Super cool old school maps of LA


I’ve always been drawn into illustrated maps, that’s probably their intent to begin with, but upon finding one I faced with no choice but sitting there and reading every minor citation. And if I know the place being mapped then you can expect me to go through them all twice. This morning Xeni sent me a link to this illustrated map of Los Angeles painted by Joseph Jacinto “Jo” Mora in the first half of the 1900s. 45 minutes after panning and scanning I downloaded the high res version because I knew I’d be back. This map is one of many that the Library of Congress has online in an exhibition called Los Angeles Mapped including a ton of very old perspectives on what this city looked like from above. A few favorites include a 1639 version showing California as an island, this 1909 look at Dowtown LA when the city had a population of 300K, but this 1873 map is the earliest one of LA in their collection and having been inked only 92 years after LA was first settled shows how far we’ve come since then. As noted there, much touted “oldest street in LA” Olvera Street was originally called Wine Street.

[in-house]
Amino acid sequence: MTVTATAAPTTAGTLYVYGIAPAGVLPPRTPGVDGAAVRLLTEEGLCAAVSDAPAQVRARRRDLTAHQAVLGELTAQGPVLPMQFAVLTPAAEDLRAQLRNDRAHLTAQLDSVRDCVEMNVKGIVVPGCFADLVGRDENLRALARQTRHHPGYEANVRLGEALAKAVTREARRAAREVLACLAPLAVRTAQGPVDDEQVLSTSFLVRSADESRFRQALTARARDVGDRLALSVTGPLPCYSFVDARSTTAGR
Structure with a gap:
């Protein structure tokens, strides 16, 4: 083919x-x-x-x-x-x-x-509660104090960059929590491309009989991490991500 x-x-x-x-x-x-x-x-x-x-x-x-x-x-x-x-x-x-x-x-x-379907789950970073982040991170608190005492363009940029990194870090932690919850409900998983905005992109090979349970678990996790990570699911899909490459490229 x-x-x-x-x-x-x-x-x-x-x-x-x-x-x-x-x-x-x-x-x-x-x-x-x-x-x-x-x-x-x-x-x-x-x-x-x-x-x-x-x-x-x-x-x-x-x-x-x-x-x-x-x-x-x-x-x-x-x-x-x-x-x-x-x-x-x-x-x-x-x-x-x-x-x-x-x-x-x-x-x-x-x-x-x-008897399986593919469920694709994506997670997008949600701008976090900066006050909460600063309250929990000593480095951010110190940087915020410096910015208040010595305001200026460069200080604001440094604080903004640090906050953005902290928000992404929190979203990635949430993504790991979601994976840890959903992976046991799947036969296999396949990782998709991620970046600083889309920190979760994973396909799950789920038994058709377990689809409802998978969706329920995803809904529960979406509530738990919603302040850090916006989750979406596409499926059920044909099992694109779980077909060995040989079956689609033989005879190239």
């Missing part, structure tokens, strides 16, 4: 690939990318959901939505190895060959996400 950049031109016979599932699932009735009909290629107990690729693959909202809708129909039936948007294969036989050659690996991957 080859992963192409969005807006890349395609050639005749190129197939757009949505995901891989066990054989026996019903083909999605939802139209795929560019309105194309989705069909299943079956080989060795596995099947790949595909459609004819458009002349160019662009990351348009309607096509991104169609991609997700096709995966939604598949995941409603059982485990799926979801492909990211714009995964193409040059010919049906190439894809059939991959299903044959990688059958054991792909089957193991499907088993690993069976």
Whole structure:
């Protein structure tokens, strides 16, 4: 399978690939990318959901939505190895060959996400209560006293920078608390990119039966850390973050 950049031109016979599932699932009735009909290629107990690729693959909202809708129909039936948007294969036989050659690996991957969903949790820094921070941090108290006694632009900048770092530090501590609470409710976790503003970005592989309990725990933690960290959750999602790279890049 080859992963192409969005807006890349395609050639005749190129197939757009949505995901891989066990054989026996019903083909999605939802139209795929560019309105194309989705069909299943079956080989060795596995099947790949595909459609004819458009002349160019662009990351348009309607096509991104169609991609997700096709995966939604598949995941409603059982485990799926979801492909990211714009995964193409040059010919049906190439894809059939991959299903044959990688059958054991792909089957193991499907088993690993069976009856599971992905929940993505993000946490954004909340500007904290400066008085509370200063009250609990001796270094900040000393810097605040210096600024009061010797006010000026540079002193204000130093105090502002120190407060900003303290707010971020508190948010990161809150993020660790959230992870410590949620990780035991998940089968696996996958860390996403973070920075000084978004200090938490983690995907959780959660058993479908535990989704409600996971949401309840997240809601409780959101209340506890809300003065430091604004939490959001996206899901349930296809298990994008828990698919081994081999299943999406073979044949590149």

3 thoughts on “Super cool old school maps of LA”

  1. oh man nice find. reminds me a bit of a wall map i once bought from a grumpy crackpot sort on venice beach. Conversation went like this:

    “I wrote a book about the history of Venice Beach. It is out of print but it is for sale for $75.”

    “Can I see it?”

    “No, it is too valuable to bring out here to the beach to have people thumb through it.”

    “How do I know it’s worth $75 then?”

    “Buy it.”

    Here’s his map.

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